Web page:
OBJECTIVE: Recent legislation mandating the inclusion of children in clinical trials has resulted in an increase in the number of children participating in research. We reviewed the literature regarding the reasons parents chose to accept or decline an invitation to enroll their children in clinical research. METHODS: We searched for qualitative studies, written in the English language that considered the experiences of parents who had been invited to enrol their children in research.
BACKGROUND: Recruitment and retention of health workers is a major concern. Policy initiatives emphasize financial incentives, despite mixed evidence of their effectiveness. Qualitative studies suggest that nurses especially may be more driven by altruistic motivations, but quantitative research has overlooked such values. This paper adds to the literature through characterizing the nature and determinants of nurses' altruism, based on a cross-country quantitative study.
Emergency departments are challenging research settings, where truly informed consent can be difficult to obtain. A deeper understanding of emergency medical patients' opinions about research is needed. We conducted a systematic review and meta-summary of quantitative and qualitative studies on which values, attitudes, or beliefs of emergent medical research participants influence research participation. We included studies of adults that investigated opinions toward emergency medicine research participation.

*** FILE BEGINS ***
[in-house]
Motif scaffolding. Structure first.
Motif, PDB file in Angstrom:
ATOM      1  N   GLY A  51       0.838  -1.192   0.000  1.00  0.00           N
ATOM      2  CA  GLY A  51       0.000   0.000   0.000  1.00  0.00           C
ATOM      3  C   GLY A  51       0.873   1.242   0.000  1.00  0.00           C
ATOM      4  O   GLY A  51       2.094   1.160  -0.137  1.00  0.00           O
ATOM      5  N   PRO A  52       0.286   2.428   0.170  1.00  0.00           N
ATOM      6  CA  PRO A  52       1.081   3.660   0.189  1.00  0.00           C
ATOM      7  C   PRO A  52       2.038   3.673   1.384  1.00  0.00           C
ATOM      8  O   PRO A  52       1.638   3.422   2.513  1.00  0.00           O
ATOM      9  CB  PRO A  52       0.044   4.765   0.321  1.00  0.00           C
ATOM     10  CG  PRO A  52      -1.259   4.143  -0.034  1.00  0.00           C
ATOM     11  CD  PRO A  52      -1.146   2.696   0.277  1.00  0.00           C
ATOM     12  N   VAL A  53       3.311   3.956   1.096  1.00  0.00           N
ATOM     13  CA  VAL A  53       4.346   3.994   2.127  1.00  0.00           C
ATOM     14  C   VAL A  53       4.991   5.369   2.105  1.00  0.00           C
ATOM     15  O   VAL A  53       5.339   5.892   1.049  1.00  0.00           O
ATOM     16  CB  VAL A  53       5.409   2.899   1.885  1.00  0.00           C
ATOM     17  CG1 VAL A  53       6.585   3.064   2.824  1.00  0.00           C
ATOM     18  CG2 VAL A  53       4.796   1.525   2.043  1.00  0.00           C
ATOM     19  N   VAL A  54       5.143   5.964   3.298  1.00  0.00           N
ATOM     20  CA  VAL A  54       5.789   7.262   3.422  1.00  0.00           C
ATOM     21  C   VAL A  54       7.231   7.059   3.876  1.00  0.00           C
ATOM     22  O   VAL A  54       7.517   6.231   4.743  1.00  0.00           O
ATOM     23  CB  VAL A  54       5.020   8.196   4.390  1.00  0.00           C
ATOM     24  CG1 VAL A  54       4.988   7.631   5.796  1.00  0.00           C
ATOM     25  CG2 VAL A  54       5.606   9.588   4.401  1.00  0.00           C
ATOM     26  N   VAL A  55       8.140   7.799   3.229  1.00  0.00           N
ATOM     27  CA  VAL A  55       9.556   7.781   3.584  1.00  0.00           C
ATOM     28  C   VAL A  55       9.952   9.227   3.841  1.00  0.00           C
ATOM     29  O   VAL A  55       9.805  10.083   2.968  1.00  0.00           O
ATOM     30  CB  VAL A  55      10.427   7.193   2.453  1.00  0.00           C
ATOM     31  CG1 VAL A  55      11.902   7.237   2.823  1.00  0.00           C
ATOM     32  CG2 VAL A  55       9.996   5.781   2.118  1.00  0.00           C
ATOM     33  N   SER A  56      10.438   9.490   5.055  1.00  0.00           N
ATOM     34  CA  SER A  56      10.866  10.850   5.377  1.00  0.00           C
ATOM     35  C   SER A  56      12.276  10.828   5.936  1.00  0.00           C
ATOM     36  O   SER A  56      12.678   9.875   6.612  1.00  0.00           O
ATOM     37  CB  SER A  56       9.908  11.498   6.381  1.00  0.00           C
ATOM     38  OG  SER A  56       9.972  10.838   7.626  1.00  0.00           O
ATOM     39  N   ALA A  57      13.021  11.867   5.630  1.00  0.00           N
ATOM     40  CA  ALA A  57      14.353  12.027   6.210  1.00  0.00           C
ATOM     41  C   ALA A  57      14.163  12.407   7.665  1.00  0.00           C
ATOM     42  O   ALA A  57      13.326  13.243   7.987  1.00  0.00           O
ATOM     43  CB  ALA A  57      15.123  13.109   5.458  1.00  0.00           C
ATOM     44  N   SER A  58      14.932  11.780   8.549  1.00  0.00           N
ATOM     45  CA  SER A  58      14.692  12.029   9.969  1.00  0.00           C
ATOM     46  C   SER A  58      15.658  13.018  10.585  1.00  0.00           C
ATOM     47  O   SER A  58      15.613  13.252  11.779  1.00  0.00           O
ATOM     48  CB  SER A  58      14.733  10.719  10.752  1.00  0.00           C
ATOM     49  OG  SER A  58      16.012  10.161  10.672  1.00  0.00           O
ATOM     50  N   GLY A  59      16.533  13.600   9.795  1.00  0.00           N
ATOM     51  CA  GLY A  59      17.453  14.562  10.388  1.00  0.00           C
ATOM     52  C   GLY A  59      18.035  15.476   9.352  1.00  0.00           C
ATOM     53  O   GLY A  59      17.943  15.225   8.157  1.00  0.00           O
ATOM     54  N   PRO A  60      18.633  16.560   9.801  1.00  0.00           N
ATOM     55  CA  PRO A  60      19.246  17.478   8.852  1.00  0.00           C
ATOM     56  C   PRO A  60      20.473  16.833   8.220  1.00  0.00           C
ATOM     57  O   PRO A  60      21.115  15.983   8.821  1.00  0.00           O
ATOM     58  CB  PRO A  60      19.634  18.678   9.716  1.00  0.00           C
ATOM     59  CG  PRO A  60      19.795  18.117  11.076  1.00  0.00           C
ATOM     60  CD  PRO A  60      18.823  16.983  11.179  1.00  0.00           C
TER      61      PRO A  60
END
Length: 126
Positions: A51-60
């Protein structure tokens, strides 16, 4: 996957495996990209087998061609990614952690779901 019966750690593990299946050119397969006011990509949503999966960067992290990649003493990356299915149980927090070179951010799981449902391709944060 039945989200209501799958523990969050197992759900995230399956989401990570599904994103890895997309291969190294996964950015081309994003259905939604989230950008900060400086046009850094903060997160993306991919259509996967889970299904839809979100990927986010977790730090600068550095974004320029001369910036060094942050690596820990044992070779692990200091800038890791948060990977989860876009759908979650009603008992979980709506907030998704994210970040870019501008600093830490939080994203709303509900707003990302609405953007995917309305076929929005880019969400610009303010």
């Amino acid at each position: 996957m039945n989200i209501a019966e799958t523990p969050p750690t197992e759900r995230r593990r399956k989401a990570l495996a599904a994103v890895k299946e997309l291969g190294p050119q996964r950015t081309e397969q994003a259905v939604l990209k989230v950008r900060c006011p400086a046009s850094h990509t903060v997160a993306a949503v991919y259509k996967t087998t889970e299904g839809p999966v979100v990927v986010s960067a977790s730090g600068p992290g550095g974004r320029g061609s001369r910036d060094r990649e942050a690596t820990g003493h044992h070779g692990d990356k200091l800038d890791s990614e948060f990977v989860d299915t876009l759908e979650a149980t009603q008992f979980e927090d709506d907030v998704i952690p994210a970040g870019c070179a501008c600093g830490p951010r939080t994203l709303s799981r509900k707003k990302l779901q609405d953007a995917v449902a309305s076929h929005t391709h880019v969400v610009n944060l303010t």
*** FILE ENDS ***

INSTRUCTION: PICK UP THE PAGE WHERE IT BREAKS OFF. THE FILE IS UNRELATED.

Hypnosis is able to induce a state of total psychological calm in very many subjects, including maintenance or even enhancement of their ability to cooperate. A smaller number of more receptive subjects may even achieve ocular anaesthesia, though this is not suitable for the performance of operations because the Dagnini-Aschner reflex persists and hypotonia is not attained.